Court to EFCC: You can’t compel Kalu to embrace your choice of defence
THE Economic and Financial Crimes Commission (EFCC), on Friday lost out in its bid to compel a former Abia State governor, Dr Orji Uzor Kalu, to enter into the witness box and explain his role in an alleged fraud charge initiated against him and two others at a Federal High Court in Lagos.
Kalu’s lawyer, Chief Awa Kalu (SAN), had, at the resumed hearing of the matter on Friday, indicated the readiness of his client to open his defence from outside the box contrary to the EFCC’s insistence that Kalu would be cross-examined, while giving evidence-in-chief.
This, the Senior Advocate said that the former governor would not be opened to cross-examination by the prosecution in line with the dictates of Section 358 (1) (a) of the Administration of Criminal Justice Act (ACJA) 2015.
He said his request was predicated on the fundamental principle of criminal law for all defendants anchoring on presumption of innocence.
“Section 358 (1) (a) is not a donation from the court to the first defendant but a statutory provision. A man who can refuse to talk can also refuse to be cross-examined.
“Once a defendant charged with a criminal offence opts to testify from where he is, he is only exercising his rights that flow from the Constitution. The first defendant carries no burden but it is the prosecution that is carrying the burden of proof beyond reasonable doubt,” he said.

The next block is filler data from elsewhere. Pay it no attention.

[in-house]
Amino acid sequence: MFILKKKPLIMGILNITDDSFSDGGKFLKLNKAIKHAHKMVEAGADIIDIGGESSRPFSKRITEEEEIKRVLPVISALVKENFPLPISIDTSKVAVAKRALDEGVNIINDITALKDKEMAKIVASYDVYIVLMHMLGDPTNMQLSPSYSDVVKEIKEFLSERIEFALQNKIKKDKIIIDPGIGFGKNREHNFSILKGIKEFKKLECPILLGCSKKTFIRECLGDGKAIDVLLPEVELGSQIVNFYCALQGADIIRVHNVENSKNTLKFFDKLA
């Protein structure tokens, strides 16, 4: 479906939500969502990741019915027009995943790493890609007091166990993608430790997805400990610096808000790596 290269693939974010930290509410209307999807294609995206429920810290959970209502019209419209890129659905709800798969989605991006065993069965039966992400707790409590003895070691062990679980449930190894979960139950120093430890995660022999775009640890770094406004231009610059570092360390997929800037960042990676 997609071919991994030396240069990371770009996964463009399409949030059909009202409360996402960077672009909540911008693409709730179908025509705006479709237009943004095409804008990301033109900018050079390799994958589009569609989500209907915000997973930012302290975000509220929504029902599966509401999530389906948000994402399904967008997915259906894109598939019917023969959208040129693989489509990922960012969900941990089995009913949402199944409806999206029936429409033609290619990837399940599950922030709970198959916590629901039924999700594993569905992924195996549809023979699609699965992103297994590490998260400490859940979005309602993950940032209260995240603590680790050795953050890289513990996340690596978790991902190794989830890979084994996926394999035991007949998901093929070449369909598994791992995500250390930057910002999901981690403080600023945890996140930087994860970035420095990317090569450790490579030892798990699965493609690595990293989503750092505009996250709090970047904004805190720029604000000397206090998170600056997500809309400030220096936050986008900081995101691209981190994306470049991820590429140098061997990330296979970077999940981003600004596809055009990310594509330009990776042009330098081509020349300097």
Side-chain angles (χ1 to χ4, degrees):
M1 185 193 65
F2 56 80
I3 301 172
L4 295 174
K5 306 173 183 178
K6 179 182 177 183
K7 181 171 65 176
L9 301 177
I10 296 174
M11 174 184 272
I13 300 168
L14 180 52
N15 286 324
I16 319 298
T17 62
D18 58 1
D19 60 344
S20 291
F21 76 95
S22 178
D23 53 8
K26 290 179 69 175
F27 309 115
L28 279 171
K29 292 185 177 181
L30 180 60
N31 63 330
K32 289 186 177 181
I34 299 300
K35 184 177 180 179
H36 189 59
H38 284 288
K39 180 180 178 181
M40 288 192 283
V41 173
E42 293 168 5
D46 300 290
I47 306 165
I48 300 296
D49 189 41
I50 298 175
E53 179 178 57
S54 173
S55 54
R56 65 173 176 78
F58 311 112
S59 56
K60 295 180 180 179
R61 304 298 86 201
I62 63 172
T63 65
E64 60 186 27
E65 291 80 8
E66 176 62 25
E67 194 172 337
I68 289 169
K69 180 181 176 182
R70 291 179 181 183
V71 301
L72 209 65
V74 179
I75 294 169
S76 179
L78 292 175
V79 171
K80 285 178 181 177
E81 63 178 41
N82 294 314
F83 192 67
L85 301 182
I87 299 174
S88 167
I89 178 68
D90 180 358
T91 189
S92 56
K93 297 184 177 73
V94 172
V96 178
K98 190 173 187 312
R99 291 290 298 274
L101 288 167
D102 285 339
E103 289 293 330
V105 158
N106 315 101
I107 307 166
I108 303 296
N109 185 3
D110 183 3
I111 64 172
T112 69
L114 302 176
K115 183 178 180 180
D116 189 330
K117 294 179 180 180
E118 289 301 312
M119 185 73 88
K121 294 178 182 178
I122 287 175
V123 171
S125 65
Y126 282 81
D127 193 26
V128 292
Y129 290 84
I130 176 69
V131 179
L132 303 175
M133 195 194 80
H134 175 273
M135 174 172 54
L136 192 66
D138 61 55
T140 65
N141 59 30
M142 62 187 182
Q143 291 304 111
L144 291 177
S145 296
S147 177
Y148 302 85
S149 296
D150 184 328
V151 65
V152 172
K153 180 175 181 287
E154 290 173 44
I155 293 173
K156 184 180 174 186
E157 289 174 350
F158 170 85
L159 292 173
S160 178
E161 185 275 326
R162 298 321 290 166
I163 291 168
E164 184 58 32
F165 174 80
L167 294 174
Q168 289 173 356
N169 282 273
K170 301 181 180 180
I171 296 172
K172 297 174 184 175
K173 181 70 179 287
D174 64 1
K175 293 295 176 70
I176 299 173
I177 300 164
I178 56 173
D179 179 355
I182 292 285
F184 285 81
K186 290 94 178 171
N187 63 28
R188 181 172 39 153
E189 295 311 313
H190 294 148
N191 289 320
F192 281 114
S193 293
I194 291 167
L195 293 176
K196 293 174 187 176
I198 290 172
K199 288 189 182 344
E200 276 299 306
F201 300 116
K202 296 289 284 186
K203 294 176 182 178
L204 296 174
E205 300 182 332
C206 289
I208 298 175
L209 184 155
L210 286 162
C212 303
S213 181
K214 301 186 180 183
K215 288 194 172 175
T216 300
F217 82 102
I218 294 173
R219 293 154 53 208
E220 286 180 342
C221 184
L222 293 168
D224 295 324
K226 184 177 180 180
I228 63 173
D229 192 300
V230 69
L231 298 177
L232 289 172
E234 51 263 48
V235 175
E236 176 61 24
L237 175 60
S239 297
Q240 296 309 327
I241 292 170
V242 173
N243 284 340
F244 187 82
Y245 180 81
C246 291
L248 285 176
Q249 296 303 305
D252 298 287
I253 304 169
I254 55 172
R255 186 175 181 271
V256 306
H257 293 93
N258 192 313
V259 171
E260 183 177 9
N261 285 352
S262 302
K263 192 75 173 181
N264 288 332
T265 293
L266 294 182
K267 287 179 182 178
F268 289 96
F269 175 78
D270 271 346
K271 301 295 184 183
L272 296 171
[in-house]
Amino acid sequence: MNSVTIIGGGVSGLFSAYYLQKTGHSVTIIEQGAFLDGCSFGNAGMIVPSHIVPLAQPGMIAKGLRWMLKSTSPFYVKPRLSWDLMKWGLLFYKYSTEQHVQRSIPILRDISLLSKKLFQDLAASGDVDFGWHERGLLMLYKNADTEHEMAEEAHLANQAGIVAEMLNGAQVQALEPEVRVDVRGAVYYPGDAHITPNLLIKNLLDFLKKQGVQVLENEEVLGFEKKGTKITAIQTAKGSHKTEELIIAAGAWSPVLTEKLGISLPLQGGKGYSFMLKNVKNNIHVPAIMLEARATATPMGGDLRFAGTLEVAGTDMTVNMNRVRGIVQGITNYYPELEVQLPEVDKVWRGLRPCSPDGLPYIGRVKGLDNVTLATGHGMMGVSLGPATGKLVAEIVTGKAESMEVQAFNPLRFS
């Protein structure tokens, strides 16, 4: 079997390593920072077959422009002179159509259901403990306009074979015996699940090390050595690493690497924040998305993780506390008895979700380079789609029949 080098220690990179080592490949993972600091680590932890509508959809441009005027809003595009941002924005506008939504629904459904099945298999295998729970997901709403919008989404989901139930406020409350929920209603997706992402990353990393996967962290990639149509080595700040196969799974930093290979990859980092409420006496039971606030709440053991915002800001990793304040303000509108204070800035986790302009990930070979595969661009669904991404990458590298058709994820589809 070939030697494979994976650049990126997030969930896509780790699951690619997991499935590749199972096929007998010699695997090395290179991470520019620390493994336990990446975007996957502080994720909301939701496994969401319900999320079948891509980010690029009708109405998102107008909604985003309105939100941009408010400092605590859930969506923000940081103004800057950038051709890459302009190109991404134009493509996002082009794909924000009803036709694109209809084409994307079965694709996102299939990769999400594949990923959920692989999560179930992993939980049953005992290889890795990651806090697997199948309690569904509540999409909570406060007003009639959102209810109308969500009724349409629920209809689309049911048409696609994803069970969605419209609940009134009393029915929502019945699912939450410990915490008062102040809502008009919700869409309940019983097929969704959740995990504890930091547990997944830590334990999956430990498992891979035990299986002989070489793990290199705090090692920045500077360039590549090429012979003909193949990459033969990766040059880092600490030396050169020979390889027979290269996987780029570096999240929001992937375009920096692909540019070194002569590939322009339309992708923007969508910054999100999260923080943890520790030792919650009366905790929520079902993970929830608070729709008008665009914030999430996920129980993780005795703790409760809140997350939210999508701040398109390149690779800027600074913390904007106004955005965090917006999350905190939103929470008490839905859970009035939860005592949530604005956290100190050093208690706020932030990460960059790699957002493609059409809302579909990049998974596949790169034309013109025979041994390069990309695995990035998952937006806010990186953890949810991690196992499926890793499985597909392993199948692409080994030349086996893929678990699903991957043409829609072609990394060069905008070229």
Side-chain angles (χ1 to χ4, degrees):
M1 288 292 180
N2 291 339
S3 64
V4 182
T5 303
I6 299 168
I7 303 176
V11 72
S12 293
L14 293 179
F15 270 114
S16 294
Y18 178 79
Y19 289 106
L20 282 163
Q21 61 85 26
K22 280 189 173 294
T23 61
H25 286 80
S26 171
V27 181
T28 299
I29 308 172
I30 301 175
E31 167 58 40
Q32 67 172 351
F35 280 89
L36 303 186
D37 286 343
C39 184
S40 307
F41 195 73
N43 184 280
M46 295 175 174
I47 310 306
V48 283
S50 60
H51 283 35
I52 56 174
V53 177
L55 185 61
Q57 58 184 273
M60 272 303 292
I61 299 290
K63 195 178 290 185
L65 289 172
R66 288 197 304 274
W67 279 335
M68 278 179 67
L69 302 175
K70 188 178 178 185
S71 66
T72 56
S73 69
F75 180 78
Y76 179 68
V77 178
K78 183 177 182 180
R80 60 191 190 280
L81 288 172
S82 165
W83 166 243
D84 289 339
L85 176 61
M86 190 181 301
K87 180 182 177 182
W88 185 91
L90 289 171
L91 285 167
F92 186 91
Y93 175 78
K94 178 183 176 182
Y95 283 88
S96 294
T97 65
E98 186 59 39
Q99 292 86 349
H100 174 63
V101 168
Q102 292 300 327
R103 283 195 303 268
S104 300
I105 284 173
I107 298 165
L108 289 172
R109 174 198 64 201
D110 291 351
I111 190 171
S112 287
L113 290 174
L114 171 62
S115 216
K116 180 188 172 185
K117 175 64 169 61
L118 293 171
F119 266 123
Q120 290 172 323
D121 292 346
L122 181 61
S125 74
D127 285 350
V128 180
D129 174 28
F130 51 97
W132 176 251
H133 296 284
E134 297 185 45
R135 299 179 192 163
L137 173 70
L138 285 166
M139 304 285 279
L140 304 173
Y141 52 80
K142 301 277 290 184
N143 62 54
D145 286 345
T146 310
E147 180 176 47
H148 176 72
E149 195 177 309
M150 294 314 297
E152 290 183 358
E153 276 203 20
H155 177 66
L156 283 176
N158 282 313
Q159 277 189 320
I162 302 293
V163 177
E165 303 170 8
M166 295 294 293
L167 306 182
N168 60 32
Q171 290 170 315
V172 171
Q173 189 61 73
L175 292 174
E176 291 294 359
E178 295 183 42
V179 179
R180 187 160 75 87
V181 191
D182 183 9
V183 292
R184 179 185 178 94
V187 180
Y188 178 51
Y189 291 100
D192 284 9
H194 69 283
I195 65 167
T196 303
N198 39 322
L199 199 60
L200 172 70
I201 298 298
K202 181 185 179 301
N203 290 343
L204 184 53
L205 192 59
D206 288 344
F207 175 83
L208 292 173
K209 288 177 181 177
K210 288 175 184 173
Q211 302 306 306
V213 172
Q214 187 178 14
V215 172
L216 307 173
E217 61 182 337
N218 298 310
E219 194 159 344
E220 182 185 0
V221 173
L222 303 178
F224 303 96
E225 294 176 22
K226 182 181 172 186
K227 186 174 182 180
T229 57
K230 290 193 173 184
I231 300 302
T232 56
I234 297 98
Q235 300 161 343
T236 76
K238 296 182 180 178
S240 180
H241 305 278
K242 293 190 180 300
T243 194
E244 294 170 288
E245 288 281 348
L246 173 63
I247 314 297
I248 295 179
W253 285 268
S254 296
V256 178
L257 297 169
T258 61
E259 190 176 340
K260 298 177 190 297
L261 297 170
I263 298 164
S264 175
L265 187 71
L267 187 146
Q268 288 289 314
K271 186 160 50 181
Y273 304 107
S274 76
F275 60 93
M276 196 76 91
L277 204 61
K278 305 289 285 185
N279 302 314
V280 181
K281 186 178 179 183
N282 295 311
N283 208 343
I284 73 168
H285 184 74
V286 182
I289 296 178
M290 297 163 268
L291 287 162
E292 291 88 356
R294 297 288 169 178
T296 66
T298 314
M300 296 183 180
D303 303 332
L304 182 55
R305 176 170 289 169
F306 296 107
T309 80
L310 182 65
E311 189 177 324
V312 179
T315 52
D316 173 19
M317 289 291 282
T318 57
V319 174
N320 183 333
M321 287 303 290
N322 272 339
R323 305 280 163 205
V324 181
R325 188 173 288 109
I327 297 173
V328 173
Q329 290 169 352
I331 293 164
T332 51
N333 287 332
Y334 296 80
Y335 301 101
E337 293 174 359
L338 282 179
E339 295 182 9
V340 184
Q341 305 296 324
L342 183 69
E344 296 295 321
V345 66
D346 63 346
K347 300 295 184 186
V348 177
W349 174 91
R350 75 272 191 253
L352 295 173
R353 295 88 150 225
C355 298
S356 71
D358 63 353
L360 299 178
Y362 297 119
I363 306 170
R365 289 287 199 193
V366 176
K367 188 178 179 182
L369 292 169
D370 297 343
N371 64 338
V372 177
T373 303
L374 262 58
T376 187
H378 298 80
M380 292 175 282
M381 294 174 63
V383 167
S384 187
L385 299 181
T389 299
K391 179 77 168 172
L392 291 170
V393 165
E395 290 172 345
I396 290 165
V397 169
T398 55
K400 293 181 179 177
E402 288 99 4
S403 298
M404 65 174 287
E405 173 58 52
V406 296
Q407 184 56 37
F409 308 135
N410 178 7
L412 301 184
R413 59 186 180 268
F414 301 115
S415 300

Other defence lawyers, Chief Solo Akuma (SAN) and Mr. K. C. Nwofor (SAN) were in support of the position. However, in his opposition, EFCC’s lawyer, Rotimi Jacobs (SAN) said the ACJA does not regulate evidence in court.
He further argued that since the first defendant (Kalu) was represented by a legal practitioner in court, he cannot take advantage of the options available for him in Section 358 of ACJA.
“The examination of the witness must be in accordance with the Evidence Act because it regulates how proceedings should go on in court. If a witness is not cross-examined, his evidence cannot be used in court,” he said.
However, in a Bench ruling, Justice Idris held that the first defendant is absolutely at liberty to chose from any of the options available under Section 358 of ACJA. Justice Idris further disclosed that the options in the Section are available to the first defendant whether or not he has legal representation. After citing the provisions of Section 358 of ACJA, the judge said: “In the circumstances of this case, where a defendant chooses the options under Section 358 (a) of ACJA as the first defendant has done in this case, the first defendant is not given evidence.
“Making a statement is different from giving evidence. A person who gives evidence from the witness box after been sworn-in can also make a statement from wherever he stands. Both options are available to the defendant in any criminal trial. If the first defendant has decided to make a statement only, then he will not be cross-examined. He will only be cross-examined where he chooses to give evidence.”